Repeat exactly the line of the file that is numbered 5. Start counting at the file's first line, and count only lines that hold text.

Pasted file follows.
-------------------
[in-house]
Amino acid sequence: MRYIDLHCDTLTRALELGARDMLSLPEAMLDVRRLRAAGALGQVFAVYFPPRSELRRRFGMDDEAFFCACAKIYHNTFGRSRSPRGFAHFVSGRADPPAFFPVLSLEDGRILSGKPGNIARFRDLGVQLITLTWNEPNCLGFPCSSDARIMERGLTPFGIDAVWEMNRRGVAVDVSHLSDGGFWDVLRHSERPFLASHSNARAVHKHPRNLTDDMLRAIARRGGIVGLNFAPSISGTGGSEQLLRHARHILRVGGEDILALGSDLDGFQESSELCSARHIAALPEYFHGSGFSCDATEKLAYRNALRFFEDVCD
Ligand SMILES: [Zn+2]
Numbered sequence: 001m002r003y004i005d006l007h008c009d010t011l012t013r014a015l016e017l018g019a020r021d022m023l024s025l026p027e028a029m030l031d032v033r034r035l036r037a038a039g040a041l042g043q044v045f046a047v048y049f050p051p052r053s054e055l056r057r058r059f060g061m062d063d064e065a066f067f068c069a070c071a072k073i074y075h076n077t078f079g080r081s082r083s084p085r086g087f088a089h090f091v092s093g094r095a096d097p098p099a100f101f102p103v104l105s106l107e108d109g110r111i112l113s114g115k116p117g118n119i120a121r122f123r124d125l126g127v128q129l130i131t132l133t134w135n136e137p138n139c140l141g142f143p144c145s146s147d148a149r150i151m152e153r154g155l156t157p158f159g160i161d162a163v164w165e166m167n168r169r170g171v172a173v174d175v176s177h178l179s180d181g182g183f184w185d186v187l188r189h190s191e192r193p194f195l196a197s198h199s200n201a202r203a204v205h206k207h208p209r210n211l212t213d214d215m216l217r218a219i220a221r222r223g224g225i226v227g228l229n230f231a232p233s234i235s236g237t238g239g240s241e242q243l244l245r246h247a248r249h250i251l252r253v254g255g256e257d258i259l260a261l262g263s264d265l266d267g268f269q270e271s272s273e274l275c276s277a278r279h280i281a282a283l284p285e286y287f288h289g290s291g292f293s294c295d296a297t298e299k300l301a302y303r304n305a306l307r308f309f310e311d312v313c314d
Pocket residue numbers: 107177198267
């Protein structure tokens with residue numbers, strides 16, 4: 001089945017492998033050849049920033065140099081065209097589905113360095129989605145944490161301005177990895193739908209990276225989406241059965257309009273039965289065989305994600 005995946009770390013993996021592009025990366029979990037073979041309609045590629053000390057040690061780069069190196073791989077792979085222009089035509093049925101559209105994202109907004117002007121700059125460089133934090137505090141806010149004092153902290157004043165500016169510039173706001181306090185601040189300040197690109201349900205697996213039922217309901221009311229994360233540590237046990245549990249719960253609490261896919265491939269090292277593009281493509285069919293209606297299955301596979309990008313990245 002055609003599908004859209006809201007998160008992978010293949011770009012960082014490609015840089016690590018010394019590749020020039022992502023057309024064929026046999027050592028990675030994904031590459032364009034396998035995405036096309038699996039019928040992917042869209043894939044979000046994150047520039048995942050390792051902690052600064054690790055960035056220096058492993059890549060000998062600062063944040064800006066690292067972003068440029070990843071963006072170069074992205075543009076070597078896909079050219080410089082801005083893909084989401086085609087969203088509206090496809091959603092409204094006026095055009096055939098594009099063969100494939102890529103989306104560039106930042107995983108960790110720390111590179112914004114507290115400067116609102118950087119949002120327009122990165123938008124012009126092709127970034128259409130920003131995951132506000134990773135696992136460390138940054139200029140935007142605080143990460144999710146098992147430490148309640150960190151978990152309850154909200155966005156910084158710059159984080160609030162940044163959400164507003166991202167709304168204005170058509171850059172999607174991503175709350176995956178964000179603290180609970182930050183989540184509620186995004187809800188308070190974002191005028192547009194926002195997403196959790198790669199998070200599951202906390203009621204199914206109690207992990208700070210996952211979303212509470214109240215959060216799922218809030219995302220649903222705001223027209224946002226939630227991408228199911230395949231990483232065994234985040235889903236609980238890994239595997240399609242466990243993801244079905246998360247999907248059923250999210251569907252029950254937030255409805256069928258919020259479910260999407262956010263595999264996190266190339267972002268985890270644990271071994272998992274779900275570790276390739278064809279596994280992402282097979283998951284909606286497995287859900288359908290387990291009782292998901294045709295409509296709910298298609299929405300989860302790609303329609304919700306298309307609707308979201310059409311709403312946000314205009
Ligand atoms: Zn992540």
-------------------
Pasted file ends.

Pocket residue numbers: 107177198267